What is the best violin size for a __ year old?

Children use violins of all sizes, but the correct size is not just dependent upon the child’s age. The child’s arms must be measured to ensure a precise fit. Going by age alone may result in a model that is too large, and this will hinder his or her development.

My violin is damaged. How do I fix it?

Violins are precious crafts made with natural materials and often worked by hand. It is never wise to attempt to fix any major issues by yourself. If your instrument is in need of significant repair, you should take it to a violin shop to have it professionally serviced.

How should I store my violin?

Keep your violin in a safe place when not in use. Never leave it in places with extreme temperatures or humidity. Always place it with the string side up, and never place it in a chair or on the floor as it can get sat on or stepped on. If you prefer to keep your violin within easy reach, consider buying a violin wall hanger.

Where to Buy Violins

Violins are some of the oldest, most classic and most celebrated instruments in history, and they can be purchased and owned nearly anywhere.

After trying and testing out preferred models, many people choose to purchase their instruments in stores and shops as they are within quick access.

The secret of how to buy a violin with reduced price? Though it comes with the waiting for delivery, buying violins online can often be a much more beneficial option. You can order your instrument whenever you need it and often save on violin costs.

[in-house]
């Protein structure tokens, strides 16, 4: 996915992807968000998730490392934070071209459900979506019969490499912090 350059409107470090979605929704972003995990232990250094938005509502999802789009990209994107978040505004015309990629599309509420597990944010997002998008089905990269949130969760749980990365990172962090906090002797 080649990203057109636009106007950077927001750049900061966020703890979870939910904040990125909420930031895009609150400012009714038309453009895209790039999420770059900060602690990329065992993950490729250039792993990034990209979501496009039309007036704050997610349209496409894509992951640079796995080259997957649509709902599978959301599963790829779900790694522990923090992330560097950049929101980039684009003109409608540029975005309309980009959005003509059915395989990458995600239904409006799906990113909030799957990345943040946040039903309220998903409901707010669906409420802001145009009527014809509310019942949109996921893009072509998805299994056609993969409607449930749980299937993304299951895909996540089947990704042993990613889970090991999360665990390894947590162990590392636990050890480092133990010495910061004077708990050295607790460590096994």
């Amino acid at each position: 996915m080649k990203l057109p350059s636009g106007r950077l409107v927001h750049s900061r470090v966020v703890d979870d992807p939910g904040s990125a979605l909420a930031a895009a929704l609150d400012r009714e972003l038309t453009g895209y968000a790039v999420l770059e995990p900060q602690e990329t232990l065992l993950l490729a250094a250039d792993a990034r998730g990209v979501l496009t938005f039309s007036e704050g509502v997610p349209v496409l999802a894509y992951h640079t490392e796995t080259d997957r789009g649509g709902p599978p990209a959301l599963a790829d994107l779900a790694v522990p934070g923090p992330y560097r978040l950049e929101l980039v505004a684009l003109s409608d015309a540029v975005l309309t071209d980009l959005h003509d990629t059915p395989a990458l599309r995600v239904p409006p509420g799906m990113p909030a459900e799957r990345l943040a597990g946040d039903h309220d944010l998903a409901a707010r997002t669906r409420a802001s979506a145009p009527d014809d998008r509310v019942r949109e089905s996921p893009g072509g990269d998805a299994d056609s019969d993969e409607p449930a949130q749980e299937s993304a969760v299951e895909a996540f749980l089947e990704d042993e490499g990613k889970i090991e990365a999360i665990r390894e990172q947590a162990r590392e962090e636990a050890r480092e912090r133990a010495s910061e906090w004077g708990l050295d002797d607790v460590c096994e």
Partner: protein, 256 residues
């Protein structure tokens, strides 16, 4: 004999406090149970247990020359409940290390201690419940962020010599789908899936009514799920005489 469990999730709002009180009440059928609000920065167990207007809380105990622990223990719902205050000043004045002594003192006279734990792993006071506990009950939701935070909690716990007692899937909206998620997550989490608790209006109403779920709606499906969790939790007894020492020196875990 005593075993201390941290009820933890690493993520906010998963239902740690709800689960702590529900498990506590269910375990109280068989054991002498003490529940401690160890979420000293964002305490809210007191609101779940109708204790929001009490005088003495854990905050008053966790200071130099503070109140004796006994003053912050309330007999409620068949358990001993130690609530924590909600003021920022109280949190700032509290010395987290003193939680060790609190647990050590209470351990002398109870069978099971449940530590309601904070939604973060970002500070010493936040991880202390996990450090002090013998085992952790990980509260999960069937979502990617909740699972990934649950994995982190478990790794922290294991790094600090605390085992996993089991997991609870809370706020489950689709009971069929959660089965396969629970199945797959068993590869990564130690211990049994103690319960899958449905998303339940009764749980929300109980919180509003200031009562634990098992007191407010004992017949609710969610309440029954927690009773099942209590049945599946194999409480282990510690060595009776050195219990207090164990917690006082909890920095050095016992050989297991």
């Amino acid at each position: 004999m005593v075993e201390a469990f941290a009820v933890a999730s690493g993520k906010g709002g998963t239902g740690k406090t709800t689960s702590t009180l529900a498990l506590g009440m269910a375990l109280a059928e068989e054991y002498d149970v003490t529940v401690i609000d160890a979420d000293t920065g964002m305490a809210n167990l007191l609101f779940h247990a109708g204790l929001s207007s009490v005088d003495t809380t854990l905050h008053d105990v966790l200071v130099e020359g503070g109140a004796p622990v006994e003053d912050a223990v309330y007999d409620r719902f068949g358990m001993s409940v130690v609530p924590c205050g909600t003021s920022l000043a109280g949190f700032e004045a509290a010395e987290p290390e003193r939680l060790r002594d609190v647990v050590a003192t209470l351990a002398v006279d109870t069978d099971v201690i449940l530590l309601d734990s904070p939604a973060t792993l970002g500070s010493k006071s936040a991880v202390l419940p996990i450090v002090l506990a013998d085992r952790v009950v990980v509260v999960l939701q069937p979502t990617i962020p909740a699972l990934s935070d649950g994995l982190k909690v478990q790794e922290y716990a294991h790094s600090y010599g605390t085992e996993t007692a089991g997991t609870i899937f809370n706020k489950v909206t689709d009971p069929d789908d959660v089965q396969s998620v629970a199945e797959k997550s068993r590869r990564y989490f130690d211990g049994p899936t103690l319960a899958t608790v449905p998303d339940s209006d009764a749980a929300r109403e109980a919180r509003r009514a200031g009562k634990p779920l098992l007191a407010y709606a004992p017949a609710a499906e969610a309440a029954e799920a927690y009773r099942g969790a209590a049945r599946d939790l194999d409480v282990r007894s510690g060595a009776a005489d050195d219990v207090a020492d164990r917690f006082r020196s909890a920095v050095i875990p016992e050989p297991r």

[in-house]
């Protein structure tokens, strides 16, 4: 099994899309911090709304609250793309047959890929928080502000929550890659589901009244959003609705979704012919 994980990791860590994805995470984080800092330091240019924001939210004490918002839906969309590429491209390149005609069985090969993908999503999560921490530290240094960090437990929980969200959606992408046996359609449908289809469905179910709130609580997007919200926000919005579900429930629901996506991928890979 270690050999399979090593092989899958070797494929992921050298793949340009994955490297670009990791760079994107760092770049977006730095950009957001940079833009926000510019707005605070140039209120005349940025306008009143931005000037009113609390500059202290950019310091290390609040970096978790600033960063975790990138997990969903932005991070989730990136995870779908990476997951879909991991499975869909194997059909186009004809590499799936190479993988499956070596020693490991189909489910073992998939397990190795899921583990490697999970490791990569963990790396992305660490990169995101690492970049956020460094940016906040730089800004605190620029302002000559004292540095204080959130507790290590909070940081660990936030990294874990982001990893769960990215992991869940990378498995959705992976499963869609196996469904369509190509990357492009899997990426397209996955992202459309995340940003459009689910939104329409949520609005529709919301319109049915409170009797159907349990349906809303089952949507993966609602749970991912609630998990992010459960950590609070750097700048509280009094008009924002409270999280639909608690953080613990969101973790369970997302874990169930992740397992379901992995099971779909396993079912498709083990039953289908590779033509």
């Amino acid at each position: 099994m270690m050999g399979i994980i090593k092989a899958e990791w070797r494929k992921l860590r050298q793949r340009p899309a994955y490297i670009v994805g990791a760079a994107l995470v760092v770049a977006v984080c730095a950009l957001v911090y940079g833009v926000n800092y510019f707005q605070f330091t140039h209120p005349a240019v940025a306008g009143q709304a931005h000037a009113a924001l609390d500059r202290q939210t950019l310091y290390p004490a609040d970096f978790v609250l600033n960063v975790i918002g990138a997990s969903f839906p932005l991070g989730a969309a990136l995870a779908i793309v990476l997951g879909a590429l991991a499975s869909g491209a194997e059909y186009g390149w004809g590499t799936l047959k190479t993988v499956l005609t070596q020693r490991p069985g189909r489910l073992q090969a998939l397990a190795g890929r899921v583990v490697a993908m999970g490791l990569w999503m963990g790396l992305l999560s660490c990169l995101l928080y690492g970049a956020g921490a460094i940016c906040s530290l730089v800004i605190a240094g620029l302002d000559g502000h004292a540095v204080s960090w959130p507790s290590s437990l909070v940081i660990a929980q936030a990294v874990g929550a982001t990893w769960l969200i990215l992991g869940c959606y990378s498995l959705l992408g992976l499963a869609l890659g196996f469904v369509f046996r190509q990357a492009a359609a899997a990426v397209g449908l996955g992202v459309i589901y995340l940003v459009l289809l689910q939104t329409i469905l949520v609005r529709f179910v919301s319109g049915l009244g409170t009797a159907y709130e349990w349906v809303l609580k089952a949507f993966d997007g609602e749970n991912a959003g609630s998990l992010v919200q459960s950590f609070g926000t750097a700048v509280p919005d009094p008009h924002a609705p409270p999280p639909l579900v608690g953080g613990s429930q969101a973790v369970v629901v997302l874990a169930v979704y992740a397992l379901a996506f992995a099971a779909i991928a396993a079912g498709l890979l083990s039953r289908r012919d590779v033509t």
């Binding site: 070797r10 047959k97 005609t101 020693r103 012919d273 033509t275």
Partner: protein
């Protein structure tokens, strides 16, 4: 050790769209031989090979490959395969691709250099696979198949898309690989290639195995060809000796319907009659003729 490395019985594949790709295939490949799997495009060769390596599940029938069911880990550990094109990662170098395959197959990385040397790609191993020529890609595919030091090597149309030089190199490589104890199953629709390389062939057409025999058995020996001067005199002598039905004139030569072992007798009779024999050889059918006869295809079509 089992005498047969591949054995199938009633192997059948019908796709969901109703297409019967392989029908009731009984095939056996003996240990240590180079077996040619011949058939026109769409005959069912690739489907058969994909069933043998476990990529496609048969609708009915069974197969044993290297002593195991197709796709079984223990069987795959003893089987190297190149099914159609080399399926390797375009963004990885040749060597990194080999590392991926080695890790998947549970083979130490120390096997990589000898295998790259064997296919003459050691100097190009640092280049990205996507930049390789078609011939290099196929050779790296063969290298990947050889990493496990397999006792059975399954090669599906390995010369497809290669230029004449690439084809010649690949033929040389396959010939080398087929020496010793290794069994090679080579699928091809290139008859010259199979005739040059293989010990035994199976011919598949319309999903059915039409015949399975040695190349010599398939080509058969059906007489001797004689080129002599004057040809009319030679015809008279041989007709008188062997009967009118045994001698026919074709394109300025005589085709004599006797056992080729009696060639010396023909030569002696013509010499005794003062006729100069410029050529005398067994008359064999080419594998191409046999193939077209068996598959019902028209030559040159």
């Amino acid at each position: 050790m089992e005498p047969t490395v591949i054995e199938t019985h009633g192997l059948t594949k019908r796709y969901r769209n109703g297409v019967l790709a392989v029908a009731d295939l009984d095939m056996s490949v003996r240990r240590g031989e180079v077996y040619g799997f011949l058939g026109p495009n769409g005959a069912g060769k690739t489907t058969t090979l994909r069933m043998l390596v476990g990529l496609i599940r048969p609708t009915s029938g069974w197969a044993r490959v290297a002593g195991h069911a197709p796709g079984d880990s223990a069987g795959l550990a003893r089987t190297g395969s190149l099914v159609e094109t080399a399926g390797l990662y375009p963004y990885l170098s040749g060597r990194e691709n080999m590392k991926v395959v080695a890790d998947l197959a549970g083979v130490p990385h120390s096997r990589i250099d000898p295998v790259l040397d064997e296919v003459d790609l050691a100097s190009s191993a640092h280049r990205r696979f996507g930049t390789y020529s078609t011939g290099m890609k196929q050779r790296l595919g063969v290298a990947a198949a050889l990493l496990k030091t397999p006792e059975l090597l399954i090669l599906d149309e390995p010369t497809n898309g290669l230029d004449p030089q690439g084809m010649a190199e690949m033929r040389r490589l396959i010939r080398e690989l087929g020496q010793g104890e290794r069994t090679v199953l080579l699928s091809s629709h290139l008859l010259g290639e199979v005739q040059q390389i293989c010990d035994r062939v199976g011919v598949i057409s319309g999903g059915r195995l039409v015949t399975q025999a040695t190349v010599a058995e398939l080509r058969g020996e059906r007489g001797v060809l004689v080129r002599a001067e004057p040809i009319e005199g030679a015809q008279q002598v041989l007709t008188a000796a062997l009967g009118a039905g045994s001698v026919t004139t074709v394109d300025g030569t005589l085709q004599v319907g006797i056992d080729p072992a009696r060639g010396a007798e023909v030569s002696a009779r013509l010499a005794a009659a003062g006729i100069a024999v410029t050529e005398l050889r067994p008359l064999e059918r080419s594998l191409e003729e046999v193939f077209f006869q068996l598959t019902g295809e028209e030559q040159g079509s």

Expensive violins can burn a hole in your pocket, but many online retailers offer discounts on these and other models.

The best violin to buy is the one that best meets your needs, and taking advantage of reduced prices is a big need for those shopping on a budget. The cost of a violin can increase if it must be professionally set up or if you buy your own accessories.

Manufacturers and online stores such as Amazon offer popular fiddles for sale much lower than prices in violin shops. Another benefit is the ability to compare more models than those they may only have in your local area.

Making the Decision

Making the right decisionThere is a virtually never-ending span of information when it comes to purchasing a new violin. It can be hard enough for experienced players to sort through this information, but it is completely overwhelming for beginners.

Hopefully the violin buying process has been made simpler with the guide provided here.

It is important to learn the most significant aspects of owning a violin, so every player should look for the same basic traits before considering any instrument.

The model must produce good sound, be comfortable to maneuver and easy to play. Many buyers have special circumstances that require them to look for certain things in a new instrument.

Some people are budding players or are the parents of young amateurs. Other buyers are intermediate and advanced players looking for the right models that will help them enhance their skill while suiting their current skill level. Still others are curious to try out electric models.

At this point you should have a better understanding of the factors that are necessary to choose a great violin and also how to choose one for your unique situation.

As you or your child’s skill level increases, you will already have a wealth of information to which you can refer to know how to move up the violin ladder.

Consider all of the options available to you, and use this guide to help you narrow down your choices. Now that you know you can make an informed decision, get started testing out instruments today so you can start playing as soon as you want.